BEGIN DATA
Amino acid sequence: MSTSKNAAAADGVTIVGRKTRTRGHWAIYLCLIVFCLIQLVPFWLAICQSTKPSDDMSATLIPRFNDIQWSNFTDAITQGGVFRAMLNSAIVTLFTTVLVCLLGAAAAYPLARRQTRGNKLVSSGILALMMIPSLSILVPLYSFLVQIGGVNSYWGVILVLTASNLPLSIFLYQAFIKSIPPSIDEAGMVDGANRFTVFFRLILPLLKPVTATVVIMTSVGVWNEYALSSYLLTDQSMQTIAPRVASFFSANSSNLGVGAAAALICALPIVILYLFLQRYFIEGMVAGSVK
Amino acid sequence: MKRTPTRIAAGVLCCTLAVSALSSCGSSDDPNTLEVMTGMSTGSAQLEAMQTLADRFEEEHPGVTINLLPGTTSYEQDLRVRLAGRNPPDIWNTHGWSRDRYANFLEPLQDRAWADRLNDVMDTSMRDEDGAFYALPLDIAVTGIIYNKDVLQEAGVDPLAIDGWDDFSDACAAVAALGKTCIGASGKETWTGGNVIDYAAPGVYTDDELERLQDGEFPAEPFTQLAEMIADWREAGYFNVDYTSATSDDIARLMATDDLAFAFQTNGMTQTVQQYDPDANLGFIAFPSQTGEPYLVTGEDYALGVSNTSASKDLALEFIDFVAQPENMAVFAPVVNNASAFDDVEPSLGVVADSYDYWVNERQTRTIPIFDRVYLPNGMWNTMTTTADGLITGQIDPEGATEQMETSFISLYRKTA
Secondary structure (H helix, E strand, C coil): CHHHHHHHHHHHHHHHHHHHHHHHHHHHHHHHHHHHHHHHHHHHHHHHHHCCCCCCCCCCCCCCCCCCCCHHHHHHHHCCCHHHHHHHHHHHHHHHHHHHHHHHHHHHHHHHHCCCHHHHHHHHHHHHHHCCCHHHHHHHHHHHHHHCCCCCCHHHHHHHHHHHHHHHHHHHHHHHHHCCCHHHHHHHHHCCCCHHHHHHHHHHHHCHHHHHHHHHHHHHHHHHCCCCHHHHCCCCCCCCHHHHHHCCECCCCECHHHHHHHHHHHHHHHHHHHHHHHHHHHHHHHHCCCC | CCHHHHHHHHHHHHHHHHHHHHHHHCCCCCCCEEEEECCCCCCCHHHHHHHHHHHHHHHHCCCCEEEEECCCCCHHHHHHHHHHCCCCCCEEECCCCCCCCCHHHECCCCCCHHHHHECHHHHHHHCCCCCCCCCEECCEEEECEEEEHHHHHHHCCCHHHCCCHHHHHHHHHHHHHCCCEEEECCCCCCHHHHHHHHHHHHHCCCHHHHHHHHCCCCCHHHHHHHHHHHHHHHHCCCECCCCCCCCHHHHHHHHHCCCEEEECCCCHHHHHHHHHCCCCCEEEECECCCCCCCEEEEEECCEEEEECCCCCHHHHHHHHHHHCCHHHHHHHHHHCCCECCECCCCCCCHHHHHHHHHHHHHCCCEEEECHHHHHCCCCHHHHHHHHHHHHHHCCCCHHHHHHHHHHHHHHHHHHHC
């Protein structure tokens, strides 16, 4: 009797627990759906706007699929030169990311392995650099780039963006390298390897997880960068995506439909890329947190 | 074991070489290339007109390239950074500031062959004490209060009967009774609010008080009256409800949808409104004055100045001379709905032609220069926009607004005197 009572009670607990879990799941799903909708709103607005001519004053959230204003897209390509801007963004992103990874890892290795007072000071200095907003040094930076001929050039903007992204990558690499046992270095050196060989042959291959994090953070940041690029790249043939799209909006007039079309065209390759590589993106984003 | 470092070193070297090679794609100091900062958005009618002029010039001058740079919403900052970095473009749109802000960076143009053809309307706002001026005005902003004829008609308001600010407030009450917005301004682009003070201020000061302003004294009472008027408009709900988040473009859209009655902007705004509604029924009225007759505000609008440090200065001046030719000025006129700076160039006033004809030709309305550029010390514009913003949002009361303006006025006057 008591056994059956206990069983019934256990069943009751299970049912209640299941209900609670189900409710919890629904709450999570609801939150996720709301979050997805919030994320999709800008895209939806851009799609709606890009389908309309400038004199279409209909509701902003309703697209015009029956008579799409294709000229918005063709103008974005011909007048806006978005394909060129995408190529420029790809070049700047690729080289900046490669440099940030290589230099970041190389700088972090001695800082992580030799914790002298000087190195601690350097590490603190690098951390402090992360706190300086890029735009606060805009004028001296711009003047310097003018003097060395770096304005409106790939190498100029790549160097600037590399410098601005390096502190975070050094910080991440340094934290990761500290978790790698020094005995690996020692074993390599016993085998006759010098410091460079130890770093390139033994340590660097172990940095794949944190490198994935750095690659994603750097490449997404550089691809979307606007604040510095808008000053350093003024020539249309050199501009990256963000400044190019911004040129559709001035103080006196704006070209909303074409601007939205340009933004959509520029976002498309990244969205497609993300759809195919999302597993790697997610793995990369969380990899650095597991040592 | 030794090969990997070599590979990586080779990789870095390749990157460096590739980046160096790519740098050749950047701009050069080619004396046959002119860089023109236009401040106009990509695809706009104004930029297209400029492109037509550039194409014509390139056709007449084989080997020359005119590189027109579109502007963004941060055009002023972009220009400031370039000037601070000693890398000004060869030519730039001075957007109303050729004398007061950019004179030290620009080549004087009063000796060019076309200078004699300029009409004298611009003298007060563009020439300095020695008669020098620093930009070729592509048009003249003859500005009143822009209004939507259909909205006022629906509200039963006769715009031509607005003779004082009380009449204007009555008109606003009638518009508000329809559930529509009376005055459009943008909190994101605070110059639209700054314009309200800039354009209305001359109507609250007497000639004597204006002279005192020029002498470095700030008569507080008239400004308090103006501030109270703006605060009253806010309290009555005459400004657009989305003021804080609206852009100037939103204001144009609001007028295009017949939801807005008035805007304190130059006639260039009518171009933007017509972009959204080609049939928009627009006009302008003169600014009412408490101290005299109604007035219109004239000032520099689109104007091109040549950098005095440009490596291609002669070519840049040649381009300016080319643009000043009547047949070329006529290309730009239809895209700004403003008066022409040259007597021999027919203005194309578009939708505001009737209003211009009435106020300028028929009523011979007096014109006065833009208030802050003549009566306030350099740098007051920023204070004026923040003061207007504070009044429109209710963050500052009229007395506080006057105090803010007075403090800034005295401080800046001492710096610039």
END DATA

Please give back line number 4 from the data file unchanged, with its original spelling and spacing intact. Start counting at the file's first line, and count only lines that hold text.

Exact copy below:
């Protein structure tokens, strides 16, 4: 009797627990759906706007699929030169990311392995650099780039963006390298390897997880960068995506439909890329947190 | 074991070489290339007109390239950074500031062959004490209060009967009774609010008080009256409800949808409104004055100045001379709905032609220069926009607004005197 009572009670607990879990799941799903909708709103607005001519004053959230204003897209390509801007963004992103990874890892290795007072000071200095907003040094930076001929050039903007992204990558690499046992270095050196060989042959291959994090953070940041690029790249043939799209909006007039079309065209390759590589993106984003 | 470092070193070297090679794609100091900062958005009618002029010039001058740079919403900052970095473009749109802000960076143009053809309307706002001026005005902003004829008609308001600010407030009450917005301004682009003070201020000061302003004294009472008027408009709900988040473009859209009655902007705004509604029924009225007759505000609008440090200065001046030719000025006129700076160039006033004809030709309305550029010390514009913003949002009361303006006025006057 008591056994059956206990069983019934256990069943009751299970049912209640299941209900609670189900409710919890629904709450999570609801939150996720709301979050997805919030994320999709800008895209939806851009799609709606890009389908309309400038004199279409209909509701902003309703697209015009029956008579799409294709000229918005063709103008974005011909007048806006978005394909060129995408190529420029790809070049700047690729080289900046490669440099940030290589230099970041190389700088972090001695800082992580030799914790002298000087190195601690350097590490603190690098951390402090992360706190300086890029735009606060805009004028001296711009003047310097003018003097060395770096304005409106790939190498100029790549160097600037590399410098601005390096502190975070050094910080991440340094934290990761500290978790790698020094005995690996020692074993390599016993085998006759010098410091460079130890770093390139033994340590660097172990940095794949944190490198994935750095690659994603750097490449997404550089691809979307606007604040510095808008000053350093003024020539249309050199501009990256963000400044190019911004040129559709001035103080006196704006070209909303074409601007939205340009933004959509520029976002498309990244969205497609993300759809195919999302597993790697997610793995990369969380990899650095597991040592 | 030794090969990997070599590979990586080779990789870095390749990157460096590739980046160096790519740098050749950047701009050069080619004396046959002119860089023109236009401040106009990509695809706009104004930029297209400029492109037509550039194409014509390139056709007449084989080997020359005119590189027109579109502007963004941060055009002023972009220009400031370039000037601070000693890398000004060869030519730039001075957007109303050729004398007061950019004179030290620009080549004087009063000796060019076309200078004699300029009409004298611009003298007060563009020439300095020695008669020098620093930009070729592509048009003249003859500005009143822009209004939507259909909205006022629906509200039963006769715009031509607005003779004082009380009449204007009555008109606003009638518009508000329809559930529509009376005055459009943008909190994101605070110059639209700054314009309200800039354009209305001359109507609250007497000639004597204006002279005192020029002498470095700030008569507080008239400004308090103006501030109270703006605060009253806010309290009555005459400004657009989305003021804080609206852009100037939103204001144009609001007028295009017949939801807005008035805007304190130059006639260039009518171009933007017509972009959204080609049939928009627009006009302008003169600014009412408490101290005299109604007035219109004239000032520099689109104007091109040549950098005095440009490596291609002669070519840049040649381009300016080319643009000043009547047949070329006529290309730009239809895209700004403003008066022409040259007597021999027919203005194309578009939708505001009737209003211009009435106020300028028929009523011979007096014109006065833009208030802050003549009566306030350099740098007051920023204070004026923040003061207007504070009044429109209710963050500052009229007395506080006057105090803010007075403090800034005295401080800046001492710096610039």